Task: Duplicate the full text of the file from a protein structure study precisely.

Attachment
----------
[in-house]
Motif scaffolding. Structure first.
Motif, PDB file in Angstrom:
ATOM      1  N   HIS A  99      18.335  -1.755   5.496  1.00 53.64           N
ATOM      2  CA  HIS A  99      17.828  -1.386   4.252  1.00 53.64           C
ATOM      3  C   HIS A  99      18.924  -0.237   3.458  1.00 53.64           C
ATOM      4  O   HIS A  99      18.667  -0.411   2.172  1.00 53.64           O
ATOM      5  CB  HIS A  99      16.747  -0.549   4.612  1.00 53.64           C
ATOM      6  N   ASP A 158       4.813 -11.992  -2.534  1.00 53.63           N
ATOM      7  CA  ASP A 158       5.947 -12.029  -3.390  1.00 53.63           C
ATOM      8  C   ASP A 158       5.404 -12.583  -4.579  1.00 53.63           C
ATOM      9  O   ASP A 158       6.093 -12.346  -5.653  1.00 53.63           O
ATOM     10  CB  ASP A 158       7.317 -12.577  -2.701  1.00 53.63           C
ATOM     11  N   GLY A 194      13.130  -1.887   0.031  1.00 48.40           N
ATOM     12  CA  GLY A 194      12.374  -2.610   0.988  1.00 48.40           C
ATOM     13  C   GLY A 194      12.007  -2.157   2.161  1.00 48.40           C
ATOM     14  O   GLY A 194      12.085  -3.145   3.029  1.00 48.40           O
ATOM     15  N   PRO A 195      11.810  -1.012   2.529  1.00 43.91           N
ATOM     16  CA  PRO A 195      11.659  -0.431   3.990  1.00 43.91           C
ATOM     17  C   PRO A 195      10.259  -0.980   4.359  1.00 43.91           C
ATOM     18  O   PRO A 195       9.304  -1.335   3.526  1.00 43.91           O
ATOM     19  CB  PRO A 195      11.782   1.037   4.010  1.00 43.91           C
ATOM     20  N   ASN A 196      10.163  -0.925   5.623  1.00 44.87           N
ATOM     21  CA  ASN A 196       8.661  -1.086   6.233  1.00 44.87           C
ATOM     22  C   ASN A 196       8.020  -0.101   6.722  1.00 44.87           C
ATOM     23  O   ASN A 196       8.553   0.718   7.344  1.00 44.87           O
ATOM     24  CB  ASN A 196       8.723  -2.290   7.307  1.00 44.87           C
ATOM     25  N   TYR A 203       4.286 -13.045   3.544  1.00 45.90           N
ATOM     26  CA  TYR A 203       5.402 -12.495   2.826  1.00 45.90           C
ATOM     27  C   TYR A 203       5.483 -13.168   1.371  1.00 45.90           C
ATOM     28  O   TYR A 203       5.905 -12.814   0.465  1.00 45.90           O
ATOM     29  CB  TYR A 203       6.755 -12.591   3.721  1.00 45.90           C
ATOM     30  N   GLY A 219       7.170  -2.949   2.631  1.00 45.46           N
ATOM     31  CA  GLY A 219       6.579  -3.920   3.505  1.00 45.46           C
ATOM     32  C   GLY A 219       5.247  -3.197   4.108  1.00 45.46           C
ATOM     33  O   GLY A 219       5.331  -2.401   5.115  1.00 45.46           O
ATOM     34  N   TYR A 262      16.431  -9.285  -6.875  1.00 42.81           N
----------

[in-house]
Motif scaffolding. Structure first.
Motif, PDB file in Angstrom:
ATOM      1  N   HIS A  99      18.335  -1.755   5.496  1.00 53.64           N
ATOM      2  CA  HIS A  99      17.828  -1.386   4.252  1.00 53.64           C
ATOM      3  C   HIS A  99      18.924  -0.237   3.458  1.00 53.64           C
ATOM      4  O   HIS A  99      18.667  -0.411   2.172  1.00 53.64           O
ATOM      5  CB  HIS A  99      16.747  -0.549   4.612  1.00 53.64           C
ATOM      6  N   ASP A 158       4.813 -11.992  -2.534  1.00 53.63           N
ATOM      7  CA  ASP A 158       5.947 -12.029  -3.390  1.00 53.63           C
ATOM      8  C   ASP A 158       5.404 -12.583  -4.579  1.00 53.63           C
ATOM      9  O   ASP A 158       6.093 -12.346  -5.653  1.00 53.63           O
ATOM     10  CB  ASP A 158       7.317 -12.577  -2.701  1.00 53.63           C
ATOM     11  N   GLY A 194      13.130  -1.887   0.031  1.00 48.40           N
ATOM     12  CA  GLY A 194      12.374  -2.610   0.988  1.00 48.40           C
ATOM     13  C   GLY A 194      12.007  -2.157   2.161  1.00 48.40           C
ATOM     14  O   GLY A 194      12.085  -3.145   3.029  1.00 48.40           O
ATOM     15  N   PRO A 195      11.810  -1.012   2.529  1.00 43.91           N
ATOM     16  CA  PRO A 195      11.659  -0.431   3.990  1.00 43.91           C
ATOM     17  C   PRO A 195      10.259  -0.980   4.359  1.00 43.91           C
ATOM     18  O   PRO A 195       9.304  -1.335   3.526  1.00 43.91           O
ATOM     19  CB  PRO A 195      11.782   1.037   4.010  1.00 43.91           C
ATOM     20  N   ASN A 196      10.163  -0.925   5.623  1.00 44.87           N
ATOM     21  CA  ASN A 196       8.661  -1.086   6.233  1.00 44.87           C
ATOM     22  C   ASN A 196       8.020  -0.101   6.722  1.00 44.87           C
ATOM     23  O   ASN A 196       8.553   0.718   7.344  1.00 44.87           O
ATOM     24  CB  ASN A 196       8.723  -2.290   7.307  1.00 44.87           C
ATOM     25  N   TYR A 203       4.286 -13.045   3.544  1.00 45.90           N
ATOM     26  CA  TYR A 203       5.402 -12.495   2.826  1.00 45.90           C
ATOM     27  C   TYR A 203       5.483 -13.168   1.371  1.00 45.90           C
ATOM     28  O   TYR A 203       5.905 -12.814   0.465  1.00 45.90           O
ATOM     29  CB  TYR A 203       6.755 -12.591   3.721  1.00 45.90           C
ATOM     30  N   GLY A 219       7.170  -2.949   2.631  1.00 45.46           N
ATOM     31  CA  GLY A 219       6.579  -3.920   3.505  1.00 45.46           C
ATOM     32  C   GLY A 219       5.247  -3.197   4.108  1.00 45.46           C
ATOM     33  O   GLY A 219       5.331  -2.401   5.115  1.00 45.46           O
ATOM     34  N   TYR A 262      16.431  -9.285  -6.875  1.00 42.81           N